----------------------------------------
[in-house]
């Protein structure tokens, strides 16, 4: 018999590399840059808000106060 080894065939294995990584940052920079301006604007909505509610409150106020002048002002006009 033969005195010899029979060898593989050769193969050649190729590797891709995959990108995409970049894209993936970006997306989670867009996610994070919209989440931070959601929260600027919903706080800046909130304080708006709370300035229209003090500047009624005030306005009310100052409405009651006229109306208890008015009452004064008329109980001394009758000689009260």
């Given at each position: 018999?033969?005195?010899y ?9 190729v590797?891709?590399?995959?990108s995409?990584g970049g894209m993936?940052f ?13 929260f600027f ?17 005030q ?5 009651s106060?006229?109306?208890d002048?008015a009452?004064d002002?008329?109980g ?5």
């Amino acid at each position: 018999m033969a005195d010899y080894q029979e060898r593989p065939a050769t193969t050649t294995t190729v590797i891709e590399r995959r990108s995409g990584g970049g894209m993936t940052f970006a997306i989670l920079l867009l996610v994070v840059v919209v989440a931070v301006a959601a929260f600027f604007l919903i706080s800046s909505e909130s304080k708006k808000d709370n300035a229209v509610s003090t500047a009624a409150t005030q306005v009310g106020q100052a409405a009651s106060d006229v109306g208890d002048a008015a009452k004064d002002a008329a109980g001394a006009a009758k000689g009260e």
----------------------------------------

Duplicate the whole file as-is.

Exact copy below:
[in-house]
């Protein structure tokens, strides 16, 4: 018999590399840059808000106060 080894065939294995990584940052920079301006604007909505509610409150106020002048002002006009 033969005195010899029979060898593989050769193969050649190729590797891709995959990108995409970049894209993936970006997306989670867009996610994070919209989440931070959601929260600027919903706080800046909130304080708006709370300035229209003090500047009624005030306005009310100052409405009651006229109306208890008015009452004064008329109980001394009758000689009260």
């Given at each position: 018999?033969?005195?010899y ?9 190729v590797?891709?590399?995959?990108s995409?990584g970049g894209m993936?940052f ?13 929260f600027f ?17 005030q ?5 009651s106060?006229?109306?208890d002048?008015a009452?004064d002002?008329?109980g ?5």
């Amino acid at each position: 018999m033969a005195d010899y080894q029979e060898r593989p065939a050769t193969t050649t294995t190729v590797i891709e590399r995959r990108s995409g990584g970049g894209m993936t940052f970006a997306i989670l920079l867009l996610v994070v840059v919209v989440a931070v301006a959601a929260f600027f604007l919903i706080s800046s909505e909130s304080k708006k808000d709370n300035a229209v509610s003090t500047a009624a409150t005030q306005v009310g106020q100052a409405a009651s106060d006229v109306g208890d002048a008015a009452k004064d002002a008329a109980g001394a006009a009758k000689g009260e």